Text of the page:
I just learned that there's a such thing as an asexual person when reading the biography of Janeane Gorafolo (http://splitsider.com/2012/02/saturday-nights-children-janeane-garofalo-1994-1995). They have a need for emotional companionship from the opposite sex like everyone else, but they apparently don't have a need for physical intimacy and this group makes up 1% of the population. They even have a support network online.
Now consider how various ethnic and sexual minorities have pressed for change in terms of seeing more of their kind on TV and how with enough pressure, TV shows have cast more gay, black, and Latino characters. I've read about black people recalling how seeing Uhura on Star Trek or the Cosby Show had a powerful positive effect on them. The flipside of that is what if you're asexual and don't have much interest in sex, it must make you feel very alone to be surrounded by images of people who's end goals are driven by relationships and sexual. A disproportionate number of TV character arcs are written that way because it makes for more compelling drama. Media studies classes (or at least, my media studies class) note that discrepancy between the end-point of stories always being love and real life. However, TV conventions still haven't changed too much.
Considering most TV shows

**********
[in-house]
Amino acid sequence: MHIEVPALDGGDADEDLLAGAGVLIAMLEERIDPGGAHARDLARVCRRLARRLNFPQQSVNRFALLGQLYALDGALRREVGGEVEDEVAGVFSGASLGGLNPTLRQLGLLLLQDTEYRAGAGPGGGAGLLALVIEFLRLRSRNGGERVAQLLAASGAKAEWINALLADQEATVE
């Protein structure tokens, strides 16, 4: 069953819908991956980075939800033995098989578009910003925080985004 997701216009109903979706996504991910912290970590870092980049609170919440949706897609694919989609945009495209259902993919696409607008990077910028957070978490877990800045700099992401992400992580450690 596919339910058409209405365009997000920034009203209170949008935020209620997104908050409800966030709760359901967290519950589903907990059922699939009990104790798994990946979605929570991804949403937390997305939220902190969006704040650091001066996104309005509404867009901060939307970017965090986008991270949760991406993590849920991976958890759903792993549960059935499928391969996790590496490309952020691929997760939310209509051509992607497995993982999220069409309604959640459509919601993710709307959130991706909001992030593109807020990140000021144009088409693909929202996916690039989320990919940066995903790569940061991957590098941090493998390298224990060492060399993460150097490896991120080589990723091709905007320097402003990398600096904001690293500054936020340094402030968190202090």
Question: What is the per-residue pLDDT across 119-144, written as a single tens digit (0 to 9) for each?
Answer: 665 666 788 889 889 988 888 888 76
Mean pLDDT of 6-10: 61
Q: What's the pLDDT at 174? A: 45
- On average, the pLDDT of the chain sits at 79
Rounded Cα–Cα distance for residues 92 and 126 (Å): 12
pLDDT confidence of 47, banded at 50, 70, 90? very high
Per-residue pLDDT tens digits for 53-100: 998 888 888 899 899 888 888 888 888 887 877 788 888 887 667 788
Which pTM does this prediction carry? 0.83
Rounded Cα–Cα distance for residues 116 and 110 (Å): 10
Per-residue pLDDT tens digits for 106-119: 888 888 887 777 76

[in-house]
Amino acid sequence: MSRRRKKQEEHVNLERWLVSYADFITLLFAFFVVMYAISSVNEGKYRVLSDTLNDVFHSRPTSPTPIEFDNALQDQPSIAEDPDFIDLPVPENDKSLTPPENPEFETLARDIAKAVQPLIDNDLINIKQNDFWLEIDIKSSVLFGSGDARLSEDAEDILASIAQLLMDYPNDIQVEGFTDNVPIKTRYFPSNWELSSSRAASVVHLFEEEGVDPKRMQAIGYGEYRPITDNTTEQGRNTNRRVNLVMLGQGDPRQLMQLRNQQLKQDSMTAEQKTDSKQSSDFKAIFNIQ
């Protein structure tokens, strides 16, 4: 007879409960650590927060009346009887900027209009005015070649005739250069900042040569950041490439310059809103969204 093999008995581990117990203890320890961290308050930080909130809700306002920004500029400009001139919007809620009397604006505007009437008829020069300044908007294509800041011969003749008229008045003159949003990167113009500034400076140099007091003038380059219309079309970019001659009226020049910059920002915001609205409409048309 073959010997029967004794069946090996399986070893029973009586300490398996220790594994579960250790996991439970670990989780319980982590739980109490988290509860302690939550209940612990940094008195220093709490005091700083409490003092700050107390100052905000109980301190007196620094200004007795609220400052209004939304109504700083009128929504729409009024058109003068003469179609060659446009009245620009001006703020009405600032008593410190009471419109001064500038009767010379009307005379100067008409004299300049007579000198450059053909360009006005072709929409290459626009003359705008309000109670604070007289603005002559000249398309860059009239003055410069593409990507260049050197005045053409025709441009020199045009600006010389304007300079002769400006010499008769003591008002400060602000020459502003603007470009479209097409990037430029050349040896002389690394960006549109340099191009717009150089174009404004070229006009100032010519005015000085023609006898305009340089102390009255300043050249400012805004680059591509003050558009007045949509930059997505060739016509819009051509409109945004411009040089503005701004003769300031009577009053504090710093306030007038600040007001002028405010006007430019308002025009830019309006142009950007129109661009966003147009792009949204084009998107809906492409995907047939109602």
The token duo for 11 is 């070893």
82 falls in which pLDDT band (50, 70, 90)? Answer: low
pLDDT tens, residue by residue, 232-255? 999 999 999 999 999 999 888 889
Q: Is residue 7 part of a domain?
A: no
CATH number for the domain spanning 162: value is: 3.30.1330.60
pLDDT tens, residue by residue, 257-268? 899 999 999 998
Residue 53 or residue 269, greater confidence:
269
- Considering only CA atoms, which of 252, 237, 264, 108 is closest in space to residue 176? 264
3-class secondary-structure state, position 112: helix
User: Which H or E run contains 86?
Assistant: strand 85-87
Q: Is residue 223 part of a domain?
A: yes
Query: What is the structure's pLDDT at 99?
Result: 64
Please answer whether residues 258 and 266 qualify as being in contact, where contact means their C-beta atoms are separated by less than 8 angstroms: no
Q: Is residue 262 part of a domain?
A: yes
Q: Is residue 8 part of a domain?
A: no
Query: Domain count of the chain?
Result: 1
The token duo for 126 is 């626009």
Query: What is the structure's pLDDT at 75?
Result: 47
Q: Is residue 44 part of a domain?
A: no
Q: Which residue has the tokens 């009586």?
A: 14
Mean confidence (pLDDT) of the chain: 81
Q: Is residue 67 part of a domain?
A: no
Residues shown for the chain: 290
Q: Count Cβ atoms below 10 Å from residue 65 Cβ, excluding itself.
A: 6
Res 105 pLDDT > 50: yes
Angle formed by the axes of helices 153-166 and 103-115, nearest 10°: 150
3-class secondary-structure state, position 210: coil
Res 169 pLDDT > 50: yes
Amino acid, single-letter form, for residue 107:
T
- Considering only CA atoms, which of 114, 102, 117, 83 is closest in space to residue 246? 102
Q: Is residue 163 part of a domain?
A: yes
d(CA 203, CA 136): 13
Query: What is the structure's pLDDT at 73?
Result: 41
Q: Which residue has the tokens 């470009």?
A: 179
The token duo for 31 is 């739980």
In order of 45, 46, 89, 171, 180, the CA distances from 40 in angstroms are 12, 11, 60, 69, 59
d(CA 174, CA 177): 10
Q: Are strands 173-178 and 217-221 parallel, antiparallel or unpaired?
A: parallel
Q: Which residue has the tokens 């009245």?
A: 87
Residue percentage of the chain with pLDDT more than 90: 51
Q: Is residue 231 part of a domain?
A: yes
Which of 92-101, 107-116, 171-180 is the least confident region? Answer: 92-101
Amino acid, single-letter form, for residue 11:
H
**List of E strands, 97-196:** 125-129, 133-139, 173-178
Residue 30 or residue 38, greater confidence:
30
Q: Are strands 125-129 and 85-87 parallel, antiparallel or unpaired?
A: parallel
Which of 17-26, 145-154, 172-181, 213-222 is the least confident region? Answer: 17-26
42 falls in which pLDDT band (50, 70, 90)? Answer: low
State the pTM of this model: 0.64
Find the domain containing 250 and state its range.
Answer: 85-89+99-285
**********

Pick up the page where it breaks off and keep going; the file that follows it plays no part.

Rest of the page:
(especially) gear their characters towards an endpoint of falling in
love with someone or having a relationship, it would have been nice to
have a character on TV who is asexual.
Sheldon on the Big Bang theory is a refreshing change to that, but they paired
him up with Amy. I love this show but I've really only seen the
first couple seasons on reruns, so I'm not the expert, but I wonder if
his relationship with Amy is representative of an asexual relationship.
If it isn't I'm pretty disappointed. It's probably fans saying "Sheldon
should be happy and find love" and I don't think it was necessarily
organic to the character, especially considering there are actually
people like him.
[Update: I have yet to see a 4th season episode, but I understand from message board reactions that Amy and Sheldon's relationship is indeed asexual. So good for the Big Bang Theory for putting minorities on TV in more ways than one!]